Author: Laurie Soriano
Genre: Poetry, Trade Paper, 6X9
Publisher: Lummox Press (PO Box 5301 San Pedro, CA 90733-5301) www.lummoxpress.com
Publishing Date: Sept. 2011
Scroll down to read Laurie Soriano's Bio and some excerpts from Catalina
See Laurie read some of her poems
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Voted Best Poetry Book of the Year
by the Indie Lit Awards!!!
by check, Money Order or concealed cash, choose appropriate amount
and make check out to "Lummox"
and send to Lummox Press c/o PO Box 5301 San Pedro, CA 90733
The is Laurie's first full-length book of poetry. You wouldn't know it, though, because it reads like the work of a seasoned professional, with numerous titles under her belt. We at Lummox hope that this will be the first in a long line of titles by this very talented writer.
Read some of the samples below and we're sure you will agree.
ABOUT Laurie Soriano
Laurie Soriano lives in Palos Verdes, California. She attended the University of Pennsylvania, where she studied English in the College of Arts and Sciences and studied marketing in the Wharton School of Business; while at Penn, Laurie studied poetry at the undergraduate and MFA levels. She received a law degree from the University of California, Davis, where she also participated in MFA workshops. Laurie is now a music attorney in Los Angeles, representing recording artists, songwriters and others in the music industry. She is married to Steve Rehaut and has three children—Lucas, Miranda and Grace, and current pets Lulu, Albert and Chico.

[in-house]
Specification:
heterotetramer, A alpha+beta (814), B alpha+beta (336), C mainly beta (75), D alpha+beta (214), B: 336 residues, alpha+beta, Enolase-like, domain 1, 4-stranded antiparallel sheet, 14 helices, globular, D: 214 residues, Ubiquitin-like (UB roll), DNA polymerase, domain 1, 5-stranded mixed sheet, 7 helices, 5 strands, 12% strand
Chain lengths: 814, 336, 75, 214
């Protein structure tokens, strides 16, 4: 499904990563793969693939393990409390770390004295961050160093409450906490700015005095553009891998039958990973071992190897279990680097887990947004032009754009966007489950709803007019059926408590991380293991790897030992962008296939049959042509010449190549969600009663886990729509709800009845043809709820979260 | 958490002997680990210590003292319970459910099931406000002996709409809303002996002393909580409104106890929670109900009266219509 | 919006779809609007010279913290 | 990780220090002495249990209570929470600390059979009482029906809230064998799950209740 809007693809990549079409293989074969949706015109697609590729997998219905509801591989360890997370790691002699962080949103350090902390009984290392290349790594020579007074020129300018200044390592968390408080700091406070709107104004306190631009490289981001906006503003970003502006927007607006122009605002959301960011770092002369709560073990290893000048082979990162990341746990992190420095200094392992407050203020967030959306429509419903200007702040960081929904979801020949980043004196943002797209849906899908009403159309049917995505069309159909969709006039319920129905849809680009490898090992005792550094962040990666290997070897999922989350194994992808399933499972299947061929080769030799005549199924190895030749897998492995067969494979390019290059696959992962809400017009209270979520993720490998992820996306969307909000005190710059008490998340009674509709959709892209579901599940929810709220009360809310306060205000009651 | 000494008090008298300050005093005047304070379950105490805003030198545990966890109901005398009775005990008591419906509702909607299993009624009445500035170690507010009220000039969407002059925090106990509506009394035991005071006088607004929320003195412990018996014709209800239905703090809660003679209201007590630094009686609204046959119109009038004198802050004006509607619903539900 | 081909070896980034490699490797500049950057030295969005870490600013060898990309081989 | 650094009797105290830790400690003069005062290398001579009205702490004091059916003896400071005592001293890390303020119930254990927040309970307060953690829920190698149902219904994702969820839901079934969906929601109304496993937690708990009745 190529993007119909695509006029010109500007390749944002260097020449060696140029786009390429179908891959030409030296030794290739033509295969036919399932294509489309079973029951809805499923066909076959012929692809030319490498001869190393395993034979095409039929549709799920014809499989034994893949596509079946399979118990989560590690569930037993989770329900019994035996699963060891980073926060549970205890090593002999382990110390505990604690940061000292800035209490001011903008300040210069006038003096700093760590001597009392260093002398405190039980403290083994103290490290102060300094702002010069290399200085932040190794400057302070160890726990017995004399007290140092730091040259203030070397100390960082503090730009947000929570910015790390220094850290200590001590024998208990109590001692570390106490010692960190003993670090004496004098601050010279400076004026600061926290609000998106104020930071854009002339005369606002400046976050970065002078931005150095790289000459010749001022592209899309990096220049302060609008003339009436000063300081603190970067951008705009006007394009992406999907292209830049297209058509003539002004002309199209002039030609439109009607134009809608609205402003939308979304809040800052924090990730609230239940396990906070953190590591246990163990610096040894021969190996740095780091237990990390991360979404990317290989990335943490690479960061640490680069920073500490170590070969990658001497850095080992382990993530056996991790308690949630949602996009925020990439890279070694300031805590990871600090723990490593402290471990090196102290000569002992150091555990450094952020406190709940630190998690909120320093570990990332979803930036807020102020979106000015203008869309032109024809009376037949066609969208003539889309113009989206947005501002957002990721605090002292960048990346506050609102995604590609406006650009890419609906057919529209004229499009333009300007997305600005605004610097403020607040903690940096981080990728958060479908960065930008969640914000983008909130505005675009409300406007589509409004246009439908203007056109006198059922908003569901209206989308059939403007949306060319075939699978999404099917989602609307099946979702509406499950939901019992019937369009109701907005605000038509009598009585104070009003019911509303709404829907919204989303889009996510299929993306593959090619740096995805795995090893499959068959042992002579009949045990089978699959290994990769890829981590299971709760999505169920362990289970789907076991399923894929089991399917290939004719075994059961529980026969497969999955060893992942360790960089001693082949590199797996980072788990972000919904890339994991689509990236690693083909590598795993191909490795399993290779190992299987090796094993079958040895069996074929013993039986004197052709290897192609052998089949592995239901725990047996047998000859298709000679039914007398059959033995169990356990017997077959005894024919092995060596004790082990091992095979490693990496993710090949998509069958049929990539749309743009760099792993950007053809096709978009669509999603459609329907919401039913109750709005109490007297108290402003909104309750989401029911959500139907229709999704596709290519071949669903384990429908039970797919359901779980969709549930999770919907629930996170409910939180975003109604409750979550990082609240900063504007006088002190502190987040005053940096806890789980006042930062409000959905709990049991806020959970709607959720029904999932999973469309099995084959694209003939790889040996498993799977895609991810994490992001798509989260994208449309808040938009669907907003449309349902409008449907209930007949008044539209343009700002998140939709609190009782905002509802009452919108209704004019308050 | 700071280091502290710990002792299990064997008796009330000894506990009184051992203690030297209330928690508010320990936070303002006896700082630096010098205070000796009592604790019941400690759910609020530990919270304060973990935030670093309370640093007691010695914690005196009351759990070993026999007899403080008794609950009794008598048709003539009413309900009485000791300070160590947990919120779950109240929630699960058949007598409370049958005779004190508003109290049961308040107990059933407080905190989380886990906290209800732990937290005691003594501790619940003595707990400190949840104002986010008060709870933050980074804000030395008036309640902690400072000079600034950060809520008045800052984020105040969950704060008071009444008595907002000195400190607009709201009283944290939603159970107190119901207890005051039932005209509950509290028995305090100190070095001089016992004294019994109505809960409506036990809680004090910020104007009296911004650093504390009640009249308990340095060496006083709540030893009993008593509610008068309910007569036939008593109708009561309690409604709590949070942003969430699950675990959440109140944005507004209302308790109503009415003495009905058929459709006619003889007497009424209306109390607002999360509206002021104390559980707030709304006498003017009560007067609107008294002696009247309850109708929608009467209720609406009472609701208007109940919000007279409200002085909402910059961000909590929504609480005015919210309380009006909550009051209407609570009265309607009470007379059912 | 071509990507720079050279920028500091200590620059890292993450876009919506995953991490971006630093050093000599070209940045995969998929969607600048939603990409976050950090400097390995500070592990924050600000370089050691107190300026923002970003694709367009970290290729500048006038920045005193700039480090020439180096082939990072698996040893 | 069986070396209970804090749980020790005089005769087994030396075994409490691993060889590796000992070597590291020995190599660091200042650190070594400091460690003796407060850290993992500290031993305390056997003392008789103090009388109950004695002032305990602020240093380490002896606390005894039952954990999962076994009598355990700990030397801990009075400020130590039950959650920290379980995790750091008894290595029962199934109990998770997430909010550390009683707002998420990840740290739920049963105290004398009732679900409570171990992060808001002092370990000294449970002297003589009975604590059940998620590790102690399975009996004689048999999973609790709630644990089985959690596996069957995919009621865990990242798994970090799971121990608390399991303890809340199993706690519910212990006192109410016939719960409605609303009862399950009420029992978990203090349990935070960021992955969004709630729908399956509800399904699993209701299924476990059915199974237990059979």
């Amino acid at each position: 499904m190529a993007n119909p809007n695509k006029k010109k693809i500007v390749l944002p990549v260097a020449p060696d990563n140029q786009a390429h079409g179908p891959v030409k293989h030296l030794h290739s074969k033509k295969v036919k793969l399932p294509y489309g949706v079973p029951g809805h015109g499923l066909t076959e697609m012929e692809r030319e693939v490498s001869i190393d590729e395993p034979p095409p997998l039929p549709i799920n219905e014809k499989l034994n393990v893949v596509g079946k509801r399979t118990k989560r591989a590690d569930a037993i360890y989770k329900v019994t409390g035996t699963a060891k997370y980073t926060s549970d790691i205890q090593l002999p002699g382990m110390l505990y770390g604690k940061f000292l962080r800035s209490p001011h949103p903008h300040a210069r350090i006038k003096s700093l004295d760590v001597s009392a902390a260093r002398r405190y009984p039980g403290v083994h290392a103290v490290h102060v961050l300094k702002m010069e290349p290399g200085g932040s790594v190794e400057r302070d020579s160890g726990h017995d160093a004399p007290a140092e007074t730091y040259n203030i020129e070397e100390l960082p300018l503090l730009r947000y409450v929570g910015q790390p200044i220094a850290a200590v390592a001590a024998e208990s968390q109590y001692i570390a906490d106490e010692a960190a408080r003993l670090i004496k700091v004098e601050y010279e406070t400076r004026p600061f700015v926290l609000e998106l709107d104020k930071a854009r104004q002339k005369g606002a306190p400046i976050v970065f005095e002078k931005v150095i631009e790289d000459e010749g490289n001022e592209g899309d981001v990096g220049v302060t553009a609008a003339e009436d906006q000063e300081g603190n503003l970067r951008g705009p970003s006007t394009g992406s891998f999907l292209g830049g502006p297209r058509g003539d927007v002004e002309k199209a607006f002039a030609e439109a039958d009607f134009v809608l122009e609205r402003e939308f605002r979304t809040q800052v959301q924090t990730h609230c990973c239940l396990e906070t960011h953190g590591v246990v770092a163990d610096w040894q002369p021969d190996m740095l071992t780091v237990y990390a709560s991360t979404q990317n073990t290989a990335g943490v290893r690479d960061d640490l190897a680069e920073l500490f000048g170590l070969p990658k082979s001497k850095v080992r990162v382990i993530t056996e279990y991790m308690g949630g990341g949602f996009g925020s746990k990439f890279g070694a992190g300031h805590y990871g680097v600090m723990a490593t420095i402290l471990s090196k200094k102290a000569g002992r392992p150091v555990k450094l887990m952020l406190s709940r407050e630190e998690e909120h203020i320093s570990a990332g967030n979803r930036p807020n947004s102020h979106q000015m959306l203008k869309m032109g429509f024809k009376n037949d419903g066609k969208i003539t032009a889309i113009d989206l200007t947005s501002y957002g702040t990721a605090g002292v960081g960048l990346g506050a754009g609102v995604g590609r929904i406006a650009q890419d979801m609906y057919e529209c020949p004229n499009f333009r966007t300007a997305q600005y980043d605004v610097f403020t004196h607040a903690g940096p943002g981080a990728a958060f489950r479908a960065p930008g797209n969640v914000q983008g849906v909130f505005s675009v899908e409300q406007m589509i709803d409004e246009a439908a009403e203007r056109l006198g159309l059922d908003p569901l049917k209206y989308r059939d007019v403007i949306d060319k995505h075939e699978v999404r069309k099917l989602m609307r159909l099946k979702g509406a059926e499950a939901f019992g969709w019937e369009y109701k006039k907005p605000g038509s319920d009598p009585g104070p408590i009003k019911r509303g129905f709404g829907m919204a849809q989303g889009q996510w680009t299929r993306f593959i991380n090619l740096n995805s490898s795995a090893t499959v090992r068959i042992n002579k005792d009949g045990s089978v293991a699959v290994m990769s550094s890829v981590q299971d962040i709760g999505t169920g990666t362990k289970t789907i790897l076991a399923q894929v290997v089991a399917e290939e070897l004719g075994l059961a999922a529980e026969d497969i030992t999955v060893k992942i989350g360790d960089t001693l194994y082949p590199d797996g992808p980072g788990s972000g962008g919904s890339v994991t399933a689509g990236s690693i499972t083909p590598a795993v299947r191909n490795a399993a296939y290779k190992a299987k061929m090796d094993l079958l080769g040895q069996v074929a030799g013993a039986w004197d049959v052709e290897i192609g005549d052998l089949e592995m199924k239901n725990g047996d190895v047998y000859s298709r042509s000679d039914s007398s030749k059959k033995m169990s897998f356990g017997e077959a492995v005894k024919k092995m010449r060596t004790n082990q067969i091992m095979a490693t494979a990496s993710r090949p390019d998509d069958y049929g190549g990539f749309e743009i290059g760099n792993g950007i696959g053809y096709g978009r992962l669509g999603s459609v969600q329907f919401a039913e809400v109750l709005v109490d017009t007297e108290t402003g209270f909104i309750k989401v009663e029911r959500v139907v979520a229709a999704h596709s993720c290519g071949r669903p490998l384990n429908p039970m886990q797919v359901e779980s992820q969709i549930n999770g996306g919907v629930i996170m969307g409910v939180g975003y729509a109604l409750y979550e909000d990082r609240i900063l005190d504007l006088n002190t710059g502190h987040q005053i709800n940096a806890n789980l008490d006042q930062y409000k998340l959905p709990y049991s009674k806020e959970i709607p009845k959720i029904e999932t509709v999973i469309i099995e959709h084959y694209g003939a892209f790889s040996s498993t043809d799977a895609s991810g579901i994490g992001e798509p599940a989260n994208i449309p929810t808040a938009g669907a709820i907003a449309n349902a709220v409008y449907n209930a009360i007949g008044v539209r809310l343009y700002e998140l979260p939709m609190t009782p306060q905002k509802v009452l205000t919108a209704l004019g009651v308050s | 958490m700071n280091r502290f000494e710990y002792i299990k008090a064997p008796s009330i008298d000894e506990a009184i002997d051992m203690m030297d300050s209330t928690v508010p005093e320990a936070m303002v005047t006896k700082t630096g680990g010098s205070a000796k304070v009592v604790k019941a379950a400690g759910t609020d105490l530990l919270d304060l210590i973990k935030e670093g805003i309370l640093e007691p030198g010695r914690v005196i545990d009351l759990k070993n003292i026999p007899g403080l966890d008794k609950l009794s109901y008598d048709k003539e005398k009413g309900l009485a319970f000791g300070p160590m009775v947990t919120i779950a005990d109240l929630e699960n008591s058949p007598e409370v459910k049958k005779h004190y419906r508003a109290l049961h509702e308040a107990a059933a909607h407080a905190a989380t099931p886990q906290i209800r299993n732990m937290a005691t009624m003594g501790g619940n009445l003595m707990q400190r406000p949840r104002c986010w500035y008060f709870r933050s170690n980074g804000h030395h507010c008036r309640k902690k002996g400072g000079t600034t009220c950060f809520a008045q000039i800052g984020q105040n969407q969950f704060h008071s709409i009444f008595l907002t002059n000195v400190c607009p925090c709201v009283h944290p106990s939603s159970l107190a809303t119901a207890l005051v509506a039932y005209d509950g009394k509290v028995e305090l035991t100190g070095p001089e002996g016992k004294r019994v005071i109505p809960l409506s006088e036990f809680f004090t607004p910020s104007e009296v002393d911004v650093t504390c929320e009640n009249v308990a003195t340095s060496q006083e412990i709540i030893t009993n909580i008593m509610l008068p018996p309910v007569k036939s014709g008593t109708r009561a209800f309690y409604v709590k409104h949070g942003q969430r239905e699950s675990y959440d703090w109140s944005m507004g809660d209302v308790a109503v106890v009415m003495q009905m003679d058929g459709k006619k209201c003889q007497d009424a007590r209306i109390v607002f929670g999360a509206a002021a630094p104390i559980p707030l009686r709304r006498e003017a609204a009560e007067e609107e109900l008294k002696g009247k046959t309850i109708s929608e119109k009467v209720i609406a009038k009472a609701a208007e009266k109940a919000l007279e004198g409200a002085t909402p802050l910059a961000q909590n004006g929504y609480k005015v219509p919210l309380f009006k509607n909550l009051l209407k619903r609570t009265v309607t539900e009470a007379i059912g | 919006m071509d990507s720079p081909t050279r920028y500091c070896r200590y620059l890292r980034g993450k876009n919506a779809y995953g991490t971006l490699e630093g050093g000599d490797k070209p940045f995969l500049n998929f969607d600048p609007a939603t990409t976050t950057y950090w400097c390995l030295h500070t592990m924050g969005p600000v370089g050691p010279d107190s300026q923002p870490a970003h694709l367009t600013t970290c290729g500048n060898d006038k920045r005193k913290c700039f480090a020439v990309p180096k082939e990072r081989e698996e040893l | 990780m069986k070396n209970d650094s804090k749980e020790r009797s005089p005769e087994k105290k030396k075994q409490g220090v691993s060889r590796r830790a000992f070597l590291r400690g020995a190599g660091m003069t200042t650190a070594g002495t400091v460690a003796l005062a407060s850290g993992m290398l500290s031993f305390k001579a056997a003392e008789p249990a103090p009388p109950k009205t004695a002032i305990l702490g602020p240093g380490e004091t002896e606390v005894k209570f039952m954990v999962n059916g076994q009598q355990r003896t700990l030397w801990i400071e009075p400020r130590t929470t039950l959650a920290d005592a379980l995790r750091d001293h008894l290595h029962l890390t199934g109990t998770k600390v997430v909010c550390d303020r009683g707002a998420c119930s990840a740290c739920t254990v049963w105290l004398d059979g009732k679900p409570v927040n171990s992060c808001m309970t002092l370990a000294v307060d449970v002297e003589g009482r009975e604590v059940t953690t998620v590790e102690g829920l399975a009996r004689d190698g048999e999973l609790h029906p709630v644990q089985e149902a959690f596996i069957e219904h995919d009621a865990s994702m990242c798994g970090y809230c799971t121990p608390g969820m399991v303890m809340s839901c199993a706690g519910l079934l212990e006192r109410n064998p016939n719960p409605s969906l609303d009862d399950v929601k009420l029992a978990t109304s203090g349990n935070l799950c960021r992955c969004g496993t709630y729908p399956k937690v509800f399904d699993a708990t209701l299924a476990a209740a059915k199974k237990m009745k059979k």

This book does all the things that great
poetry is supposed to do; touch, challenge, inspire, activate the mind's eye,
make happy and make sad. And there's the added element of having a
cohesive, cumulative work that functions as
a captivating, dream-like autobiography (or concept album?).
A sensualist of the tongue, Laurie Soriano crafts poems that translate the intimate music of relationship, desire, and frailty into compelling poems that treat love in all its guises, including the fierce love of the self that keeps us alive.
Naomi Guttman, author of "Reasons for Winter" and "Wet
Laurie Soriano's poems tread quietly then cut deeply. They are relaxed, yet sinewy. They are carefully measured, and then suddenly disarming. Laurie is a brilliant observer whose poems forcefully convey her keen insights.
Made of individual moments, things close to her heart, her work speaks of the places where all life comes together. By holding up her reflective ‘Self’ she catches these fleeting things, then turns the mirrored surface towards us, where, in the final measures, we see ourselves.
Cris Williamson, Singer/Songwriter (from the Preface)
Here are a few poems from this volume...
Later you remember. There was no rock
in the water, and the dive was perfect.
Her laughing swells in huge concentrics as the others laugh.
She is a strong woman leading. Think of
shoulders twisting through a swimming stroke
while others follow floundering. Think of
splash fights in the water, and her cascades.
Of her scrambling up the cliff that banks
the river, snorting wit to all the dares,
shrugging off the mild warnings. Think of
(others having done exultant cannonballs)